From Black Doctors:
As many as 60 million people – that’s 20 percent of Americans – deal with it irritable bowel syndrome (IBS).
IBS is a chronic condition that affects the lower gastrointestinal tract. It also causes the colon to be irritable and spastic, which causes the abdominal discomfort associated with changes in the consistency and/or frequency of bowel movements.
The causes of IBS are not fully known but are believed to be a result of a combination of factors, including bacterial imbalance, food allergies, and parasites. IBS has three subcategories:
- pain associated with diarrhea;
- pain associated with constipation;
- pain and diarrhea alternating with constipation
How does IBS affect people? People who suffer from IBS are plagued by uncomfortable and disabling symptoms like abdominal pain (the most commonly reported), bloating, and both diarrhea and constipation. These symptoms cause them to be affected in their daily life and they also miss approximately twice as many work days per year than non-sufferers. They also report more fatigue, lack of energy and also decreased physical functioning, and overall general health.
Although there are plenty of treatments for IBS, many do not address the underlying causes in the digestive system.
The lining of the colon, or the gut, is affected in IBS and when it breaks down it can cause a “leaky gut” syndrome that eventually exposes the immune system to bacteria. This lining can break down from toxic diets, too much sugar, not enough fiber and also stress.
When this happens, the immune system responds and causes changes in the body such as increased allergies, sensitivities, mood disorders and even depression.
In order to balance the gut’s ecosystem, it much be controlled and the overgrowth of bacteria managed to be in balance. This balance will help to resolve bloating and overall symptoms of IBS by clearing out the overgrowth of bacteria.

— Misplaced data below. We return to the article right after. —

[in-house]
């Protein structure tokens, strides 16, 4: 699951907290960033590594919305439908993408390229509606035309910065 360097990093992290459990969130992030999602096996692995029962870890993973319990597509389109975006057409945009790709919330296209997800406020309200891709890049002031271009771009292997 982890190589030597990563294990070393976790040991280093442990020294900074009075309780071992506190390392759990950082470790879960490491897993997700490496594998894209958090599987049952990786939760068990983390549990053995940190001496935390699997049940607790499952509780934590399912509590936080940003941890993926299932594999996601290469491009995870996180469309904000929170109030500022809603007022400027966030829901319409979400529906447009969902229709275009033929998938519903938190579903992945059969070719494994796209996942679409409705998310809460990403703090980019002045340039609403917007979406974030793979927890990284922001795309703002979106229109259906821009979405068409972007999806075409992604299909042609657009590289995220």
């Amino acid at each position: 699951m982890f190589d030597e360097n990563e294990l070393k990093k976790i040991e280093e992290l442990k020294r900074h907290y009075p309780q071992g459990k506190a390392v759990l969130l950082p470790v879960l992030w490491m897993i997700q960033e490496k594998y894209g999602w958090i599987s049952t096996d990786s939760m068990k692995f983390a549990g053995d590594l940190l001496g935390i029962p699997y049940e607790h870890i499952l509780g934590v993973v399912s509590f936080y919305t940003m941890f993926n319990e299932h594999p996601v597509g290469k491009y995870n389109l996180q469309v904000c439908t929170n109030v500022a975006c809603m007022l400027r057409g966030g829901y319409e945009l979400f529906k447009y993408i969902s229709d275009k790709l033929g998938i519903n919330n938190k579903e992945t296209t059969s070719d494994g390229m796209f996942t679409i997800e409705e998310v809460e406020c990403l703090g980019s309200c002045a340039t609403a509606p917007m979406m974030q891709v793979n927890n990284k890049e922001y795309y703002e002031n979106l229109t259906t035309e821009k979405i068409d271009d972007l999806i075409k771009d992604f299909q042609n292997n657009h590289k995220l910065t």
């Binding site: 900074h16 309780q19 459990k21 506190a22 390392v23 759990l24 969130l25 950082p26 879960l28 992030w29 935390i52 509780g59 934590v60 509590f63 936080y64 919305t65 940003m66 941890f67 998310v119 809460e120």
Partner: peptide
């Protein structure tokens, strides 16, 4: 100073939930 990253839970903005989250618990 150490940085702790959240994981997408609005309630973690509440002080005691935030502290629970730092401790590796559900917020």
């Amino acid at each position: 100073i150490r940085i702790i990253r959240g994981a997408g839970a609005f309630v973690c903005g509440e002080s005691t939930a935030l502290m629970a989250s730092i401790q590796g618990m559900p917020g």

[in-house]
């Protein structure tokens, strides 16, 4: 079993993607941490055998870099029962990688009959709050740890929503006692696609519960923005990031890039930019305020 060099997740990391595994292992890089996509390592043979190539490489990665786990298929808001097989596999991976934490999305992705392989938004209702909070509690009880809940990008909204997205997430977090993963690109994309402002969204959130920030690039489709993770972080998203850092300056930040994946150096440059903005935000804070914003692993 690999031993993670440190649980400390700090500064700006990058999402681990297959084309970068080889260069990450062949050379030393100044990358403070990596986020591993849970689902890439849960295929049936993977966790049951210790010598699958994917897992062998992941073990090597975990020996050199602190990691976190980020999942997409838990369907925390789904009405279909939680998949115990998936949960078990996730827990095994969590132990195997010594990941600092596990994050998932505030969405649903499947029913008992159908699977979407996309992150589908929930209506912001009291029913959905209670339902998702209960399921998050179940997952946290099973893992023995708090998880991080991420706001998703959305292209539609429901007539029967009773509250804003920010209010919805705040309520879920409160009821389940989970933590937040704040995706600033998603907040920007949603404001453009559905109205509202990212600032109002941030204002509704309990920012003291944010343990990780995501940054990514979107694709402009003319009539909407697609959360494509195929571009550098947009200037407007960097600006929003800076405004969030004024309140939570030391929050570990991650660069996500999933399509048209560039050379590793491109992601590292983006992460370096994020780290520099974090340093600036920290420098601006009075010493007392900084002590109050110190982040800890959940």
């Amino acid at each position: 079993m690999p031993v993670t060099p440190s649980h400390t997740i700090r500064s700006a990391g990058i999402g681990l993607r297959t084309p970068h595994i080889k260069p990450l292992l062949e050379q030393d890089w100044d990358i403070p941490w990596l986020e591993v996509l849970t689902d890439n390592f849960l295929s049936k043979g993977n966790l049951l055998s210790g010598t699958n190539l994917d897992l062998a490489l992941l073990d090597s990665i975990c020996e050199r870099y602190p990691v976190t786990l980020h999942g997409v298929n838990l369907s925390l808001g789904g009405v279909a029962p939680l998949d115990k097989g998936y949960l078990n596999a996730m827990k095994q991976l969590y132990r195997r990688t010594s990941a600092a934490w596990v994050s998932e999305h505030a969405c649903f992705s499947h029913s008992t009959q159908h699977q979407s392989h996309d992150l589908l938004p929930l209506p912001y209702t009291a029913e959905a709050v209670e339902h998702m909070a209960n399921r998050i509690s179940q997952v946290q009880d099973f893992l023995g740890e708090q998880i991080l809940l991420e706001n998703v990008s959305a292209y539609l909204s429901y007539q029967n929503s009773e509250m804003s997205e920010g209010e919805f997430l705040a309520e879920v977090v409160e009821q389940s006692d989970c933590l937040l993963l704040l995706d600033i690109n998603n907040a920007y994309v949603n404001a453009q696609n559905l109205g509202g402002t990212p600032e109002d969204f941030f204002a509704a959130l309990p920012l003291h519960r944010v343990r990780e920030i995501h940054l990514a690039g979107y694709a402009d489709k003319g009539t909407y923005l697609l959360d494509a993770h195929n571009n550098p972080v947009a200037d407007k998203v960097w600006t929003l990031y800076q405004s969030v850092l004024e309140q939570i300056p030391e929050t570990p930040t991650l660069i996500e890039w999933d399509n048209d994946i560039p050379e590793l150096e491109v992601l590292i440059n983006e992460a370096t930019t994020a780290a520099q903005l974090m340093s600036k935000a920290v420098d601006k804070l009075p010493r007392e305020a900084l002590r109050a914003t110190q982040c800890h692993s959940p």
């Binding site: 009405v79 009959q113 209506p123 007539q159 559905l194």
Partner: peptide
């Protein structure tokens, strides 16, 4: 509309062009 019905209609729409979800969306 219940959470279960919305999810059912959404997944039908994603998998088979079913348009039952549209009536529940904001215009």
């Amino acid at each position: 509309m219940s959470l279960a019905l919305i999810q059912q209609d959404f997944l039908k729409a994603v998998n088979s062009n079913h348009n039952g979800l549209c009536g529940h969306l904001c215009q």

The best way to attack these symptoms is to repopulate your digestive tract with good bacteria. Probiotics are a great way to accomplish this, as they help to further normalize gut function.
Probiotics are live microorganisms which can be therapeutic for gastrointestinal diseases such as IBS. They help the bowel by suppressing the growth of bad bacteria, improves the leaky gut, and helps to alter of the immune system. The use of probiotics may also improve bowel motility.
You can also repopulate your digestive tract with good bacteria by increasing fiber and decreasing sugar in your diet. Soluble fiber in vegetables and fruit add healthy bulk to the diet. Another beneficial option is taking digestive enzymes with meals to help break down food faster as the gut heals.
Other nutrients that can help heal the lining of the gut include fish oil and the fatty acid Gamma linolenic acid (GLA) commonly found in evening primrose oil, zinc, vitamin A and glutamine.
Make sure to also drink plenty of water, exercise regularly and decrease your alcohol intake to promote regularity and minimize your IBS symptoms.
If you suspect that you may have IBS, consult with you doctor so they can do a careful physical examination with a complete history and an initial evaluation with lab work. For some patients, this may mean a colonoscopy if there is a family history of colon cancer.
Visiting your doctor as well eliminating certain foods to treat the underlying causes of IBS can dramatically improve your health and help you to overcome your digestive problems.
Dr. Jessica Shepherd is a women’s health expert and also the founder of Her Viewpoint, an online women’s health forum that focuses on addressing taboo topics in a comfortable setting. As an OB/GYN, she practices at the University of Illinois at Chicago and also serves as the Director of Minimally Invasive Gynecology. She treats women for obstetrics, pelvic health as well as pelvic and sexual dysfunction. Dr. Shepherd has written in various journals including Women’s Day, Women’s Health, Family Circle, Parents, LifeScript.com, Heart and Soul, Best Health and Essence. Follow her on Twitter @JShepherd_MD.